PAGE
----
Daily Reading from June 23, 2008

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This article is over 10 years old. It's possible that the information you read below isn't current.

Links to what I’ve been reading recently.

  • Of Parascale & Other Cloud Computing News — "Parascale, a Cupertino, Calif-based start-up that has developed a storage file system for a cloud of computers announced that it had attracted $11.37 million in Series A funding from Charles River Ventures and Menlo Ventures. The company recently changed its ..."
  • Democracy = Bad Business — "Democracy in corporate America has been a point of contention recently.  The beauty of democracies can be traced to their inefficiency at fulfilling their purpose - i.e. to govern.  Democracies are perhaps the least efficient form of government (one step ..."
  • On Clouds, the Sun and the Moon — "The main value proposition of cloud computing is better economics, that it’s cheaper to rent hardware, software platforms and applications (via a per-usage or subscription model) than it is to buy, build and maintain them in the corporate data center. ..."

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Best Of

  • California State Fair The California State Fair lets you buy tickets in advance from their Web site. That's good. But the site is a horror house of usability problems.
  • Best of Newly Digital There have been dozens of Newly Digital entries from all over the world. Here are some of the best.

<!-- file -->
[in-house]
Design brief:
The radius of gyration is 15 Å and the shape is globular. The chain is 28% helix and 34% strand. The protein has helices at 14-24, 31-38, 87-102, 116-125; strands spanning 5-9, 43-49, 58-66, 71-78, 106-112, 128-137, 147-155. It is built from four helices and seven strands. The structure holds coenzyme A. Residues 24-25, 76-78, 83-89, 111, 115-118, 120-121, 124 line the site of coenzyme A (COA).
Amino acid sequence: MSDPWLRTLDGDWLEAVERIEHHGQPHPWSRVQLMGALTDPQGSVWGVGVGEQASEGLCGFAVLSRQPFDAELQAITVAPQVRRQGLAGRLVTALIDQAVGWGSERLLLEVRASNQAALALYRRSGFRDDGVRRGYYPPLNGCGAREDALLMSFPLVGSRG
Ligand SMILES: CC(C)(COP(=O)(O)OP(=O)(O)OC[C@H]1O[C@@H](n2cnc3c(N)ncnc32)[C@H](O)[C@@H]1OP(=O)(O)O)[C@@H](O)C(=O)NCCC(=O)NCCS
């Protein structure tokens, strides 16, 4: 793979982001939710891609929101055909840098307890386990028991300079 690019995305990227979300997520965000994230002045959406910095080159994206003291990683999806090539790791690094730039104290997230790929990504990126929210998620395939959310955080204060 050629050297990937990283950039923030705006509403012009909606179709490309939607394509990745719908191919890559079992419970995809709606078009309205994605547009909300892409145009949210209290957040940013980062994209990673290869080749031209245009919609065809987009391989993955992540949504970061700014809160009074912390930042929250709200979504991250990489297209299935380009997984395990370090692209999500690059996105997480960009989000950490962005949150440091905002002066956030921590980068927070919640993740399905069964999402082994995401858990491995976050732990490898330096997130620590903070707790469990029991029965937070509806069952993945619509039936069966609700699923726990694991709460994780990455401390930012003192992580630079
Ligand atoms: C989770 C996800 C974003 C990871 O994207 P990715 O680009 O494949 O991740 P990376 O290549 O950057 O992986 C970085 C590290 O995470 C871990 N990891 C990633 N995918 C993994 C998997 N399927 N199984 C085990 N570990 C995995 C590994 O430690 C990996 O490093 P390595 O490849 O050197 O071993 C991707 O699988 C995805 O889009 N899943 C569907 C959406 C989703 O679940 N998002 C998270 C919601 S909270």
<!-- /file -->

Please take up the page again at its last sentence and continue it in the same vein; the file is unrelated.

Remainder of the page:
• How not to apply for a job Applying for a job isn't that hard, but it does take some minimal effort and common sense.
  • Newly Digital Newly Digital is an experimental writing project. I've asked 11 people to write about their early experiences with computing technology and post their essays on their weblogs. So go read, enjoy, and then contribute. This collection is open to you. Write up your own story, and then let the world know about it.
  • Lock-in is bad T-Mobile thinks they'll get new Hotspot customers with exclusive content and locked-in devices.
  • More of the best »

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Recently

Encouraging 1:1s from other managers in your organization (Jan 4)
If you’re managing other managers, encourage them to hold their own 1:1s. It’s such an important tool for managing and leading that everyone needs to be holding them.
One on One Meetings - a collection of posts about 1:1s (Jan 2)
A collection of all my writing on 1:1s
Are 1:1s confidential? (Jan 2)
Is the discussion that occurs in a 1:1 confidential, even if no agreed in the meeting to keep it so?
Skip-level 1:1s are your hidden superpower (Jan 1)
Holding 1:1s with peers and with people far below you on the reporting chain will open your eyes up to what’s really going on in your business.
Do you need a 1:1 if you’re regularly communicating with your team? (Dec 28)
You’re simply not having deep meaningful conversation about the process of work in hallway conversations or in your chat apps.
What agenda items should a manager bring to a 1:1? (Dec 23)
At least 80% of a 1:1 agenda should be driven by your report, but if you also to use this time to work on things with them, then you’ll have better meetings.
Handling “I don’t have anything to talk about” in your 1:1s (Dec 21)
When someone says they have nothing to discuss, they’re almost always thinking too narrowly.
What should you talk about in a 1:1? (Dec 19)
Who sets the agenda? What should you discuss, and what should you avoid discussing?

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